- Being easily fatigued
- Difficulty concentrating or mind going blank
- Sleep disturbance (difficulty falling or staying asleep; restless, unsatisfying sleep)
Other signs that a person may suffer from both anxiety disorder and depression include:
- Constant, irrational fear and worry
- Physical symptoms like rapid heartbeat, headaches, hot flashes, sweating, abdominal pain, and/or difficulty breathing
- Changes in eating, either too much or too little
- Persistent feelings of sadness or worthlessness
- Loss of interest in hobbies and activities
- Inability to relax
- Panic attacks
Can Anxiety and Depression Be Treated Together?
Yes. No one has to suffer from anxiety disorder or depression, and certainly not both. People with anxiety disorder should speak with a psychiatrist, therapist, or other healthcare professional about their symptoms and start treatment as soon as possible. If you suspect you have both anxiety and depression, Connolly recommends getting a thorough evaluation from a psychiatrist as a first step. "It's really crucial for people with both [anxiety and depression] to have a good assessment to rule out?bipolar disorder," she says.
- Cognitive Behavioral Therapy (CBT)?CBT focuses on teaching people to challenge their negative thoughts to use coping skills and relaxation techniques to reduce stress. CBT is not only an established treatment for anxiety and depression, it is also the best studied psychotherapy for treating pain, per Harvard Health.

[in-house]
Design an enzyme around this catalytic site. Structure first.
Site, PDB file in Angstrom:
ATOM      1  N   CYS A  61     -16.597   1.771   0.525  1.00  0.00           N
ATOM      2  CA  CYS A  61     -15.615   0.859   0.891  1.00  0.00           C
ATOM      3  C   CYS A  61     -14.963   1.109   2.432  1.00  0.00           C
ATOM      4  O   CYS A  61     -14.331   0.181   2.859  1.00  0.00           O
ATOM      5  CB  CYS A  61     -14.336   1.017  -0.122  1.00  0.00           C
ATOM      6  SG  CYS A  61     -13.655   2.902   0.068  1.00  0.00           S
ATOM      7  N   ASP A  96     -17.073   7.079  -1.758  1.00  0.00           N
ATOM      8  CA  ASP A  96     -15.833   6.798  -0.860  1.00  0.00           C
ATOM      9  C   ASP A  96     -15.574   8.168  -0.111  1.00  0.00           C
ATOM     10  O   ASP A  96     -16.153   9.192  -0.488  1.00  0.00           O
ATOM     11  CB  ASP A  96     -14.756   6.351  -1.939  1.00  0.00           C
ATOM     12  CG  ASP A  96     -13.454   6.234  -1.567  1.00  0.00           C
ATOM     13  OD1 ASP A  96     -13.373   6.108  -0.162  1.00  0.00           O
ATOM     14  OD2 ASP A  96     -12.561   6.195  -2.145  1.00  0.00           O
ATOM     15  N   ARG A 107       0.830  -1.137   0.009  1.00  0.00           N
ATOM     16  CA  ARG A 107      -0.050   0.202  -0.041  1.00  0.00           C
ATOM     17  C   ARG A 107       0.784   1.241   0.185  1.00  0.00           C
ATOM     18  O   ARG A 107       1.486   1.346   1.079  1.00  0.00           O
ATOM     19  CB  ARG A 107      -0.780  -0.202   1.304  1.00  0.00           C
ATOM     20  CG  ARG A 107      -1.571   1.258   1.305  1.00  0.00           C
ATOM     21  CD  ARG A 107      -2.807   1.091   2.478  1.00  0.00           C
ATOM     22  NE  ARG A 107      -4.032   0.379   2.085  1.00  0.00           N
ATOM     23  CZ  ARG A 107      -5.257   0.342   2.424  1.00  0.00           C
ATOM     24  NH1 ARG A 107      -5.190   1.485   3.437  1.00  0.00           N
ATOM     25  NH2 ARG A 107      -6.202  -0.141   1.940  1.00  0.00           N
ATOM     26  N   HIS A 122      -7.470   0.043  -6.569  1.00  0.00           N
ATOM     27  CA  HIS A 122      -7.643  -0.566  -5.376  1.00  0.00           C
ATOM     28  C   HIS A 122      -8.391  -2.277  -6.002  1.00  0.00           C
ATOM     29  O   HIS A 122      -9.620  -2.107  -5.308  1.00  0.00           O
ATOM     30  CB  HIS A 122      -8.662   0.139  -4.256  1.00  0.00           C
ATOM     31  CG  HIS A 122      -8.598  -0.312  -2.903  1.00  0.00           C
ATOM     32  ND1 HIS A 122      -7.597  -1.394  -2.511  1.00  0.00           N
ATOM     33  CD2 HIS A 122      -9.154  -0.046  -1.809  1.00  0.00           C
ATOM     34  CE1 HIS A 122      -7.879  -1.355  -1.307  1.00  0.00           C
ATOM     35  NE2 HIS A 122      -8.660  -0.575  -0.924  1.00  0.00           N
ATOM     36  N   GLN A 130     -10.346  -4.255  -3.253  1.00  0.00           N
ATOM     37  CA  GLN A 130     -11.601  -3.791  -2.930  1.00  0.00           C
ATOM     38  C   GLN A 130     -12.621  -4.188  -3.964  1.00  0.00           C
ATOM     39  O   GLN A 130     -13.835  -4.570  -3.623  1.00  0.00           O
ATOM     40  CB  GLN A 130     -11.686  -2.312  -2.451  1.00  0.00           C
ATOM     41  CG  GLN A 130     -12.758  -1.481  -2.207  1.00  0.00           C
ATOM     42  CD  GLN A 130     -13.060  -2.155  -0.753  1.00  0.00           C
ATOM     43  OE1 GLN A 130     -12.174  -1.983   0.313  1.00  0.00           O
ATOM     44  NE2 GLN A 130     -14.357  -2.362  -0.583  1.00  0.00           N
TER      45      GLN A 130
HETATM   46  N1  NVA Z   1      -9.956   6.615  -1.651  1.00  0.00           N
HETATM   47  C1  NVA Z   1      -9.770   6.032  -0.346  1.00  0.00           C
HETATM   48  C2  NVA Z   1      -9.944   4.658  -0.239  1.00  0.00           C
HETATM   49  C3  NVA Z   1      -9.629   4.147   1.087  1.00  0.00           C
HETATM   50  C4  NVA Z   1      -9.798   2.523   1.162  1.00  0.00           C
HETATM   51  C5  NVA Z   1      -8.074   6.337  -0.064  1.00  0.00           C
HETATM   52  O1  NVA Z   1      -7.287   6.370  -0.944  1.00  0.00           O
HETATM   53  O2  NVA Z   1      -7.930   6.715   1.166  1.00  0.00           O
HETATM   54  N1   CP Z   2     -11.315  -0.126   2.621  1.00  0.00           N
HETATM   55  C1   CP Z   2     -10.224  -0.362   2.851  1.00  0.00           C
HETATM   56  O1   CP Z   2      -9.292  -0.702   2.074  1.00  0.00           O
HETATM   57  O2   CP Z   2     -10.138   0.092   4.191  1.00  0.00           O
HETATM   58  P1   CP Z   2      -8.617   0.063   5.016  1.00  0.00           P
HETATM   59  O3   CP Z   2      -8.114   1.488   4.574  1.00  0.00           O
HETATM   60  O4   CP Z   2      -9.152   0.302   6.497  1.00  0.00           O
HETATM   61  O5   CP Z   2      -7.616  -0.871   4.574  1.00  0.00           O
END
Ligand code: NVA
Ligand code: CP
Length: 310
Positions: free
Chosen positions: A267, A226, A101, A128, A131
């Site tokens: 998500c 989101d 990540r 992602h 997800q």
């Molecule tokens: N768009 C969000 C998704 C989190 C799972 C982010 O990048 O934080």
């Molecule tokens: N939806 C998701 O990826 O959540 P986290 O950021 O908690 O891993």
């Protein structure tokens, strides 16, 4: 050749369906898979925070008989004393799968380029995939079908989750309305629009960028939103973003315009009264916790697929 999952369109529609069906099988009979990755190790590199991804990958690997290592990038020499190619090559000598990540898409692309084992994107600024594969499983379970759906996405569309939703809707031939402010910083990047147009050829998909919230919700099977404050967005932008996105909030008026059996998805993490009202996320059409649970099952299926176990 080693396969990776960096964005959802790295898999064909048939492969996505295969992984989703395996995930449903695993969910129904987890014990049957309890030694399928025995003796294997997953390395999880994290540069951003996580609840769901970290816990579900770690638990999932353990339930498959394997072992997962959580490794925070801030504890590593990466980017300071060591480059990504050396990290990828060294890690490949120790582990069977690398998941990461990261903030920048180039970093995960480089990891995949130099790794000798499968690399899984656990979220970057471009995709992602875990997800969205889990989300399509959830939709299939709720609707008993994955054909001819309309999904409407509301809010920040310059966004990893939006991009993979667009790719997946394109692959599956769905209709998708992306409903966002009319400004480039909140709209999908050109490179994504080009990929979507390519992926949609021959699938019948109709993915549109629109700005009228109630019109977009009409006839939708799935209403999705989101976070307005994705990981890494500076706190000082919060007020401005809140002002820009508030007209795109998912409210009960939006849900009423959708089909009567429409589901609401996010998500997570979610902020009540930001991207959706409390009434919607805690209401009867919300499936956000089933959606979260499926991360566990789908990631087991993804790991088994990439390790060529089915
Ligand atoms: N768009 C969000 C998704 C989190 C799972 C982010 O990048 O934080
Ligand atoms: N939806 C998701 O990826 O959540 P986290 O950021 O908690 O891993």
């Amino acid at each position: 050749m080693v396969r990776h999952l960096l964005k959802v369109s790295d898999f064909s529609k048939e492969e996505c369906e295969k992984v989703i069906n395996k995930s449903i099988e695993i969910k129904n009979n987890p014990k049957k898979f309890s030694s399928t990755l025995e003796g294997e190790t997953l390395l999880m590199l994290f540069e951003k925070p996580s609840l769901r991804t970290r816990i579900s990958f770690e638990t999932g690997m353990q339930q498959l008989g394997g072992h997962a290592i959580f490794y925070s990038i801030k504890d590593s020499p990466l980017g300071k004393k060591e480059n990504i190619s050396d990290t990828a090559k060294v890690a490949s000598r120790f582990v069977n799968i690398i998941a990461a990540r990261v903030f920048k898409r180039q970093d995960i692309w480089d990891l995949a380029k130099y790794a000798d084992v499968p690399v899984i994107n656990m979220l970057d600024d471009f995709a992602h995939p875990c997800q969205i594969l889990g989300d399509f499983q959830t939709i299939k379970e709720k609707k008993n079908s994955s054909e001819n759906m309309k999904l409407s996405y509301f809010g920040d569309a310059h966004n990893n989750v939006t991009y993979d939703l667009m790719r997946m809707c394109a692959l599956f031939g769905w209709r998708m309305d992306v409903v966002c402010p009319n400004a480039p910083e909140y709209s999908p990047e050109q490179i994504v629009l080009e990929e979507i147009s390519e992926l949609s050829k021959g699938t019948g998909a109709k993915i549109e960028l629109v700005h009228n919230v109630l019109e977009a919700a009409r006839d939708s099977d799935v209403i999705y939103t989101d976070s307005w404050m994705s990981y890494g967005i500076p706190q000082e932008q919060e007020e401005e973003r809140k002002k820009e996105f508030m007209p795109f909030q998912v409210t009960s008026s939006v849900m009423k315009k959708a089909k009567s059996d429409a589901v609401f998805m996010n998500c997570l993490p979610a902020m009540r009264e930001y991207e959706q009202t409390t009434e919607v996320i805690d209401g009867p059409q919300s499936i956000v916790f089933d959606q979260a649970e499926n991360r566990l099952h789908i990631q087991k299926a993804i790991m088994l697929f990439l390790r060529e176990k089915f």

- Interpersonal Psychotherapy (IPT)?IPT focuses on the connection between onset of symptoms and current interpersonal problems, such as unresolved grief, relationship disputes, and social isolation or withdrawal.
- Antidepressant Medication?Antidepressants?include?selective serotonin reuptake inhibitors (SSRIs), such as?Celexa (citalopram), Prozac (fluoxetine),?(Lexapro (ecitalopram),?Paxil (paroxetine),?Zoloft (sertraline). SSRIs are often used in conjunction with CBT and other forms of psychotherapy for more severe anxiety and depression. Serotonin and norepinephrine reuptake inhibitors (SNRIs), which include?Cymbalta (duloxetine),??Effexor (venlafaxine), and?Pristiq (desvenlafaxine), are other options.
- Exercise?Getting exercise can also help ease symptoms of both depression and anxiety, although why isn’t entirely clear,?per the Mayo Clinic. One reason may be that?exercise?releases feel-good chemicals in the brain that enhance you sense of well-being. Another may be that it distracts you from your worries, fears, and other negative thoughts. Whatever the reason, walking for as little as 10 minutes may alleviate symptoms, the?ADAA notes.
- Relaxation Techniques?Mindfulness meditation?— a way of training your mind to slow down racing thoughts, let go of negativity, and calm both your mind and body by sitting quietly and focusing on your breathing — can ease symptoms of both anxiety and depression and improve quality of life, according to a large research?review published in March 2014 in?JAMA Internal Medicine.
Important: If you or someone you know needs help coping with anxiety or depression, call the?National Suicide Prevention Lifeline?at 800-273-TALK (8255). The?Crisis Text Line?also provides free, 24/7, confidential support via text message to people in crisis when they text to 741741.